Social Media and Marketing Strategy
Social media is still very much misunderstood.
Large organisations are still failing to capture the essence of what social media can achieve, so if you are a small business struggling to get to grips with it, then hopefully that fact offers some consolation
Previously I published a blog on an Introduction to Social Media, which gives an overview of how to get started. This blog, however, addresses the principles of introducing a marketing strategy that includes social media.
I can offer training on how to set up the various accounts, but I felt it was more important to provide the context for which these platforms are relevant to your business.
Social media CANNOT be used in isolation. However, it has the potential to:
- Raise brand awareness
- Educate your audience
- Provide Information
- Position your product or service
- Build Trust and break down barriers
- Drive traffic to your website
- Generate Leads
- Provide after sales care
- Keep customers loyal
Some of you may be familiar with the Sales Funnel. There are many variations of this, but essentially it is a matrix that demonstrates the process customers go through before they make an actual purchase.
A simplistic model is
- Action – purchase
- Repeat Engagement
This shows that purchase decisions are rarely impulsive, particularly in the business to business world (B2B)
So to send your prospects further down the funnel using social media requires strategic planning.
Social Media is about CONTENT. It is about RELATIONSHIP BUILDING, fostering TRUST, and becoming the VOICE OF AUTHORITY in your field.
It has to sit within your overall marketing plan. How do you currently generate sales? How do you currently follow up enquiries and how long does it take to close the sale?
I ask this because what you have to recognise is that social media adds layers to this funnel and will perform at a different rate.
Whether this is faster or slower is dependent on where in the sales process the leads are when they engage with you socially.
On its own, social media reaches buyers earlier in the sales process, which means they take longer to permeate the funnel. THIS IS WHERE WE GO WRONG because the expectation is that social media will generate instant sales. This is apparent by the language used in tweets and on Facebook. Some businesses are guilty of the hard sell, whereby no attempt to engage with the audience is made, nor is there any effort to educate about products, services and how they can benefit their prospects, nor any opportunity taken to demonstrate industry knowledge.
We are consumers ourselves. Think about how you make a purchase, the process you go through. Would you be on Twitter reading tweets and respond to something that said, ‘we do great websites call us now’? I very much doubt it. How do you know they really are great, who are these people, do you know them, like them, trust them? No, so why would you respond instantly to that? You don’t. That is the point.
There are some general tips that you need to consider when using Social Media
- Connect with your customers
- Engage through regular content – blogs, whitepapers, ebooks, photos, videos
- Reach through advertising – ppc or sponsored stories on Facebook, case studies and testimonials
- Influence – encourage current customers to become advocates to persuade prospects to buy
Make sure that you have strong calls to action on your platforms, particularly on Facebook. Linked In is more about participating in discussion, Twitter is a mixture of information sharing and dialogue.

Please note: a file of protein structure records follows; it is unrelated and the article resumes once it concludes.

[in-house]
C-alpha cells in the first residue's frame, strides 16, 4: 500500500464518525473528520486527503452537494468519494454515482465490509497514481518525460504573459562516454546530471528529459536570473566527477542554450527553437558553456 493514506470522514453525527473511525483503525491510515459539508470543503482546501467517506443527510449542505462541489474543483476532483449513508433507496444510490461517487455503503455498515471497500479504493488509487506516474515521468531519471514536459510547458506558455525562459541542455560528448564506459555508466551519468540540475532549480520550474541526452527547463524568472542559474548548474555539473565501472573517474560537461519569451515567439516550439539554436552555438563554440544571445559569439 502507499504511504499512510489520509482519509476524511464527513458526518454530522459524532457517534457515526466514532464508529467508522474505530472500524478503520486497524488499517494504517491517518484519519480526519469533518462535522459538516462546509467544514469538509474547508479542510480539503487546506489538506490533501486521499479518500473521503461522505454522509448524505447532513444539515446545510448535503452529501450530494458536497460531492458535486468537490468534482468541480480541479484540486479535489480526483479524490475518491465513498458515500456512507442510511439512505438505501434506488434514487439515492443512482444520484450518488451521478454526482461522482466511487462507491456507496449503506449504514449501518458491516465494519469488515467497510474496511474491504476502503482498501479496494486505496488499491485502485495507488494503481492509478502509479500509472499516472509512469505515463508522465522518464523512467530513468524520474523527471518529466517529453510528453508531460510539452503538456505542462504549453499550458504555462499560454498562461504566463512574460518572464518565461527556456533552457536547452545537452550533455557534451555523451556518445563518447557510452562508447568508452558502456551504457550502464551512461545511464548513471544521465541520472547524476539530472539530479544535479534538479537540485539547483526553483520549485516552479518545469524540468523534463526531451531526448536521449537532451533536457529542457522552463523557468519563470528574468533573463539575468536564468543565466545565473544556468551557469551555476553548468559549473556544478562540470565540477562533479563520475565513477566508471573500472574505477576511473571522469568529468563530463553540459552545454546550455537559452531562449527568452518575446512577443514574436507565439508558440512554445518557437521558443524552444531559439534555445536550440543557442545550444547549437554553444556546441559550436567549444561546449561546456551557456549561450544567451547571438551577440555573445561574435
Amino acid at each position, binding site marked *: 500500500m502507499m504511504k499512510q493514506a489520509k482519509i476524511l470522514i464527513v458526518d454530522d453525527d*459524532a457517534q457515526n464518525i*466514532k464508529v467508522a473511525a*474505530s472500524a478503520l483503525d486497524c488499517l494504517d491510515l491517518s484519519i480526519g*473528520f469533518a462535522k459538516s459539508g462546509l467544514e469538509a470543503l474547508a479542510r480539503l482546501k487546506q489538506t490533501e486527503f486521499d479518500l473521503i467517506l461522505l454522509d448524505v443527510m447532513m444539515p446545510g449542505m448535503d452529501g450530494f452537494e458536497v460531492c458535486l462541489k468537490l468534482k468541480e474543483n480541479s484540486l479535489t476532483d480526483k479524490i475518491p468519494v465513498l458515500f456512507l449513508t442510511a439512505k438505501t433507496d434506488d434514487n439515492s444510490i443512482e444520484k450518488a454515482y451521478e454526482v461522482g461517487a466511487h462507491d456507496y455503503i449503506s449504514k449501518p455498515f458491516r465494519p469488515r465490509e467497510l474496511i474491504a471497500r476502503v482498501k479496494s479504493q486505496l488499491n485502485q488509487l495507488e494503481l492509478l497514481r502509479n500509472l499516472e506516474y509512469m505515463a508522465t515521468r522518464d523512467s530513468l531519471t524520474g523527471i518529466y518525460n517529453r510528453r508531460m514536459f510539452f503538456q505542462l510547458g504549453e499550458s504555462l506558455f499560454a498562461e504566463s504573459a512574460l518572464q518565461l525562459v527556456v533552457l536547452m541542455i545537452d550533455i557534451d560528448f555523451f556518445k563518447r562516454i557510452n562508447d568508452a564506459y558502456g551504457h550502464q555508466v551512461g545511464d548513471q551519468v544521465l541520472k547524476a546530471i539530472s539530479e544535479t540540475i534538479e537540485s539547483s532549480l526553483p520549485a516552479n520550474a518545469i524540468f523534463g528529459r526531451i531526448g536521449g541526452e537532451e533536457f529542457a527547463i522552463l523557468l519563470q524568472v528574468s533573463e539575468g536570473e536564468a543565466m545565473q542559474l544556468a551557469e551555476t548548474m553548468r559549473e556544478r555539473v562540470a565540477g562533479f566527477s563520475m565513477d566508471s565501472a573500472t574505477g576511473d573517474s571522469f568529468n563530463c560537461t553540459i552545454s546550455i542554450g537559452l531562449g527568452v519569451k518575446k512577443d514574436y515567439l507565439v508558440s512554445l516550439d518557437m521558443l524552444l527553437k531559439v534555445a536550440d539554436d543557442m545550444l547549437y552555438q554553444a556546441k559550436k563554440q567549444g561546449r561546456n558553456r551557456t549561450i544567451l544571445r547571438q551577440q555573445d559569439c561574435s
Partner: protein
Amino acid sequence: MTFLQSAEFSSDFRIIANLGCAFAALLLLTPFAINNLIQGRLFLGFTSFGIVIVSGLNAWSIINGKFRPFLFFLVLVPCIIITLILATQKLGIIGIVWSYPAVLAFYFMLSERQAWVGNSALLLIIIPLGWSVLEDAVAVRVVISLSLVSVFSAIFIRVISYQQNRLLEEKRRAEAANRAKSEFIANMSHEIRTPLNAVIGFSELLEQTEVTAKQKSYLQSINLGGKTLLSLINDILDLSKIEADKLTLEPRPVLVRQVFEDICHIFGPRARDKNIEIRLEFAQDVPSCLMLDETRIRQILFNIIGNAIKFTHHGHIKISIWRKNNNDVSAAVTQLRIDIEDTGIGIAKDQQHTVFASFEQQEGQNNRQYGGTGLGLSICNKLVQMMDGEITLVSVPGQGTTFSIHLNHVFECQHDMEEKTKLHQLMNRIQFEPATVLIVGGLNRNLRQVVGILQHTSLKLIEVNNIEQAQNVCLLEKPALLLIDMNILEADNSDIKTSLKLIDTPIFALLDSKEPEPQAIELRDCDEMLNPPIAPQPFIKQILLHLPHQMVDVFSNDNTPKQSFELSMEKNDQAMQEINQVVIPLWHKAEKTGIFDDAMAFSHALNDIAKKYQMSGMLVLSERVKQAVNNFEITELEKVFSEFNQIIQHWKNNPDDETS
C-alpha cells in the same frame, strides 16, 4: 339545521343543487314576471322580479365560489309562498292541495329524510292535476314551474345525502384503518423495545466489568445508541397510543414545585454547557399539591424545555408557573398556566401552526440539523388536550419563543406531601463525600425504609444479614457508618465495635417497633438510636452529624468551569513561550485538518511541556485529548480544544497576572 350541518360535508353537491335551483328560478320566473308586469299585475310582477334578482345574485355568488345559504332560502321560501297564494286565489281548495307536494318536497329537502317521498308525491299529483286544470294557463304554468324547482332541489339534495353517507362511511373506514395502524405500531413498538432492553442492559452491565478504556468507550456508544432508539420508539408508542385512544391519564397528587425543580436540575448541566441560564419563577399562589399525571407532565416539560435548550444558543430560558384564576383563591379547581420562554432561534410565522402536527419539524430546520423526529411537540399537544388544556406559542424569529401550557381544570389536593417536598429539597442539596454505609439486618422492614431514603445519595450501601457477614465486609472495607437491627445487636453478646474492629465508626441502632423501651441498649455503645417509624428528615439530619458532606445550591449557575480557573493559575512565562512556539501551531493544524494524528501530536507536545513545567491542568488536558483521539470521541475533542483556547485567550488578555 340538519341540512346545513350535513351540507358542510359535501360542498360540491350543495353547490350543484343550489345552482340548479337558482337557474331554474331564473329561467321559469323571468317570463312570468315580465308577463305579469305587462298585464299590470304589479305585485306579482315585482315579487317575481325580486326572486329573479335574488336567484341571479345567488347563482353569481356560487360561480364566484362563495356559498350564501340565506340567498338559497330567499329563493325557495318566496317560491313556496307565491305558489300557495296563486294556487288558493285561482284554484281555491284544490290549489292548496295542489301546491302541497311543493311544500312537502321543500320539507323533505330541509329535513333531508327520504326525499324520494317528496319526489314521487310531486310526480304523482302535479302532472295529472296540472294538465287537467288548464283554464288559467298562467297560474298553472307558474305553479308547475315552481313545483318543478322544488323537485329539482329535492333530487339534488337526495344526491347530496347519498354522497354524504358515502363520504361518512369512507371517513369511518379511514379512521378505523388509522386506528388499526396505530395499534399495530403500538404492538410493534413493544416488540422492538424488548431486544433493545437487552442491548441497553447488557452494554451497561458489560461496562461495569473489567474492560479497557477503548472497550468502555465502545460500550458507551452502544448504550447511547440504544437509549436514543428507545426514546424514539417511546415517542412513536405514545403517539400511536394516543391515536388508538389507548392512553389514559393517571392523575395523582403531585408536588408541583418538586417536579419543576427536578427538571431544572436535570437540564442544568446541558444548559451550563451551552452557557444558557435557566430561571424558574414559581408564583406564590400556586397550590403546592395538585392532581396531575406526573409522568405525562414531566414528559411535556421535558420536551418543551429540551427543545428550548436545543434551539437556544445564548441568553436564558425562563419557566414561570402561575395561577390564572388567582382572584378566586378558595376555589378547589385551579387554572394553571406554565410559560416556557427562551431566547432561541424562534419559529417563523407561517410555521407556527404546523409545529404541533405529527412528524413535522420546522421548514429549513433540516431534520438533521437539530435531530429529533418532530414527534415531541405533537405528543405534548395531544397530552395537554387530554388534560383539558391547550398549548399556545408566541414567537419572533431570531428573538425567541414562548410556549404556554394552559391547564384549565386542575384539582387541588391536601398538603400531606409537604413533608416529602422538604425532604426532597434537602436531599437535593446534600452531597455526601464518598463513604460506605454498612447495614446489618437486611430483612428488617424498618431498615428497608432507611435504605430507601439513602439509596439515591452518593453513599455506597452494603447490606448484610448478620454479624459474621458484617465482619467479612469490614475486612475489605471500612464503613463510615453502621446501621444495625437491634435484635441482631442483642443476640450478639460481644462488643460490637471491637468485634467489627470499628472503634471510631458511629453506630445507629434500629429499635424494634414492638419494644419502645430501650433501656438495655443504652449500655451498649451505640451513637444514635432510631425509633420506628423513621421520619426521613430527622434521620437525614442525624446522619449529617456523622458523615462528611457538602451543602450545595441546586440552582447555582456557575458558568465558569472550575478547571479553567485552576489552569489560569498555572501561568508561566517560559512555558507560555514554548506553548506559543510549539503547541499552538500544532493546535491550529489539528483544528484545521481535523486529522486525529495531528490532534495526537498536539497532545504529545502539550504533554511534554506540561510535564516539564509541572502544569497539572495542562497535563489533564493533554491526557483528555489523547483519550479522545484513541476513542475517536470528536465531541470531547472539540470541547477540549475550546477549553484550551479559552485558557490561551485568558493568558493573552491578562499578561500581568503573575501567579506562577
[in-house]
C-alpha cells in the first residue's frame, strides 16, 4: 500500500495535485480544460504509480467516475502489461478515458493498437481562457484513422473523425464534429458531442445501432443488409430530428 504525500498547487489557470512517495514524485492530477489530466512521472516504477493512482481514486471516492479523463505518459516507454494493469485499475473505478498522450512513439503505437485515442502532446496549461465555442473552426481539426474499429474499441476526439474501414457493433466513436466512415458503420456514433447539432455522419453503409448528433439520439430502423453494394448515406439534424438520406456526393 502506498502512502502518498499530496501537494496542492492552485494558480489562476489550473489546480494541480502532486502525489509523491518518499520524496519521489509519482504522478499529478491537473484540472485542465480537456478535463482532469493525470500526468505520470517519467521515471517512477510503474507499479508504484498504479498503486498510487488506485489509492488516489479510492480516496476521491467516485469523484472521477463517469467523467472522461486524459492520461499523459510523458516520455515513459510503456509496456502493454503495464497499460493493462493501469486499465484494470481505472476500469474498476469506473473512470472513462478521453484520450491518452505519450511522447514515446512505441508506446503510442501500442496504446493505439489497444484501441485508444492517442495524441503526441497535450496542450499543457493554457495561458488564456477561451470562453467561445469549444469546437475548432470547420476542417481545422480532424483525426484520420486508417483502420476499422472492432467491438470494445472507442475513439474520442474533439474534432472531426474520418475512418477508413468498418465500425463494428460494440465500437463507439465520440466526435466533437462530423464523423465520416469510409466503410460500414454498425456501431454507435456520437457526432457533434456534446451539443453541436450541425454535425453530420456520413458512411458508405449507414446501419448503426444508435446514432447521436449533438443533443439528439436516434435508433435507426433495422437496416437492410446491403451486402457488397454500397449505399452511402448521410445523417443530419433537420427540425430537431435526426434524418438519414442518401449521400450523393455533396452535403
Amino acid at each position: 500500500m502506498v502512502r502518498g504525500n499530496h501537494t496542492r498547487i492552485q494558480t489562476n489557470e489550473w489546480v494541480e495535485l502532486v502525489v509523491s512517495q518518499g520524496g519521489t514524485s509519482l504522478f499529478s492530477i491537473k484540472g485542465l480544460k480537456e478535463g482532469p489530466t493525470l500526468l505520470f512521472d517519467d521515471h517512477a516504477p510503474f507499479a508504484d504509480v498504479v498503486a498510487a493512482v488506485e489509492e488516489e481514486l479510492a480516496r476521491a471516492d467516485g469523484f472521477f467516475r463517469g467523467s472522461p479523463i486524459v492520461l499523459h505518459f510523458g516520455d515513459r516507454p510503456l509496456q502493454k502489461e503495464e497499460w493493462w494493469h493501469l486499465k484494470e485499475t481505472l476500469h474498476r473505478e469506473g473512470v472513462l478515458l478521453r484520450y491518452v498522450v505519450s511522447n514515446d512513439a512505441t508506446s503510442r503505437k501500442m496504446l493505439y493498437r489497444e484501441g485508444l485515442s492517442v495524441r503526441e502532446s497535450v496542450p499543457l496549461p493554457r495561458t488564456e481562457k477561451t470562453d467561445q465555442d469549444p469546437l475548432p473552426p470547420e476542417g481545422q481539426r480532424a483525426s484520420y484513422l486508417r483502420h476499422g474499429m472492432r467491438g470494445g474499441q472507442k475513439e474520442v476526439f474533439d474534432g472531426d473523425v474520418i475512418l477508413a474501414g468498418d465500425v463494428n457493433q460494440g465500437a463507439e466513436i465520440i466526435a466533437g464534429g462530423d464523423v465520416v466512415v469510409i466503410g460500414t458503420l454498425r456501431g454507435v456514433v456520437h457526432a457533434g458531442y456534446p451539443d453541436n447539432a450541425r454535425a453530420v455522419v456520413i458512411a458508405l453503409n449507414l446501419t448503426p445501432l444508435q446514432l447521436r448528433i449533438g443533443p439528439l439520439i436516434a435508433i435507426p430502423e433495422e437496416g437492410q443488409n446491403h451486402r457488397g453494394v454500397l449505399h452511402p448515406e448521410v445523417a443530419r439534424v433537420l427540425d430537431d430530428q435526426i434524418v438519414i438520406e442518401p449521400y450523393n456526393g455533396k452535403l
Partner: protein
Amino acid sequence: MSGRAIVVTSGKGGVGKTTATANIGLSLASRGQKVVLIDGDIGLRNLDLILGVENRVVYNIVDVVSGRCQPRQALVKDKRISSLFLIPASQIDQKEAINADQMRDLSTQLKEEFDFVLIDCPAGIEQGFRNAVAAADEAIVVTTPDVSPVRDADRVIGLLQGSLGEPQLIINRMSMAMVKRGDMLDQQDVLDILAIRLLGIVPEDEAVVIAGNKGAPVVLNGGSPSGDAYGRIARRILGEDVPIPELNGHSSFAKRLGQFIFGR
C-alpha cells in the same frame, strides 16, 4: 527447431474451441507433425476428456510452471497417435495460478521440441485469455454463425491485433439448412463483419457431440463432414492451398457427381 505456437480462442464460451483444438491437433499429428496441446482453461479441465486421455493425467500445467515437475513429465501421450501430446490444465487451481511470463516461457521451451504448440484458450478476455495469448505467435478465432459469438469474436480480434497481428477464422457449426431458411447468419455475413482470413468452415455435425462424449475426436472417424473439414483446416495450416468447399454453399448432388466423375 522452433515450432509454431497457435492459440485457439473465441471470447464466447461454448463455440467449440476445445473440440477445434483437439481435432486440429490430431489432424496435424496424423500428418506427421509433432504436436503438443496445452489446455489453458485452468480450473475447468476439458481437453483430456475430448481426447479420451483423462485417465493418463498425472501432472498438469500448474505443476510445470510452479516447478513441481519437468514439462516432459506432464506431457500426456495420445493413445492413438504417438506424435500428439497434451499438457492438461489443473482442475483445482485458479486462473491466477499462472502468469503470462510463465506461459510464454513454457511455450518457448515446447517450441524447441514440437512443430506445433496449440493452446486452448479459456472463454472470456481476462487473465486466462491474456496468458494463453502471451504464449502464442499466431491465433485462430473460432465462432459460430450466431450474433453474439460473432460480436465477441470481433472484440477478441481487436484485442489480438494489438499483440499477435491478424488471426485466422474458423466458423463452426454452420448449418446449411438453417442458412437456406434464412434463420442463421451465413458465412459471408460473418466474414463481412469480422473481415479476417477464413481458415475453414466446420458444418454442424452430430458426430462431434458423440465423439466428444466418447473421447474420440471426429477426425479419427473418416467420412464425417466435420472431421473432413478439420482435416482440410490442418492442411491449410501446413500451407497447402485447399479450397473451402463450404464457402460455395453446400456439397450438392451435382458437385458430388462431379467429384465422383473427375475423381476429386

Make sure it is easy for consumers to buy from you. Where possible use a ‘buy now’ button, and have a great landing page that captures information from clients who are warm leads. This is relevant for your website and your social platforms.
Facebook is still a mainly business to consumer platform, with the average B2C business having twice as many Likes as B2B. But given the great interactive nature of Facebook and its multimedia portal, it is essential for all businesses to use it to engage with their audiences.
It provides a complimentary tool to your website. Your website is static, formal and a provider of information on what you do. Facebook can be used to provide pre and after-sales service, share good news stories, display pictures, highlight events and so on. Facebook is easy to customise so you can add Apps for functionality, such as Payvment which enables you to sell through Facebook, or Branch Out that makes it into a mini Linked In. Facebook have introduced over 60 Apps with the launch of its Timeline feature so the possibilities are ever expanding.
Across all your media as said earlier, it is critical that you capture details of your prospects via an email newsletter sign up page. This data can then be used for email campaigns that provide a mix of content that help push prospects further down the sales funnel. E newsletters should have a mix of content that helps drive the decision making process such as answering key questions or overcoming objections
After this process has been established, those that reach this stage will then be ready to enter the more traditional sales process and you will be nearer to closing a sale.
It is not possible to cover individual strategies for each platform in this Blog. Linked In and Twitter are quite streamlined and easy to get to grips with. So if you are new, start with Twitter and if you are B2B get a Linked In account. I can guide you through how to use these quite quickly
For Facebook, this is a lot more complex because it has more functionality. Contact me for assistance if you need to develop in this area.
If you want to contact me privately or ask any questions then please visit my North West Marketing Hub.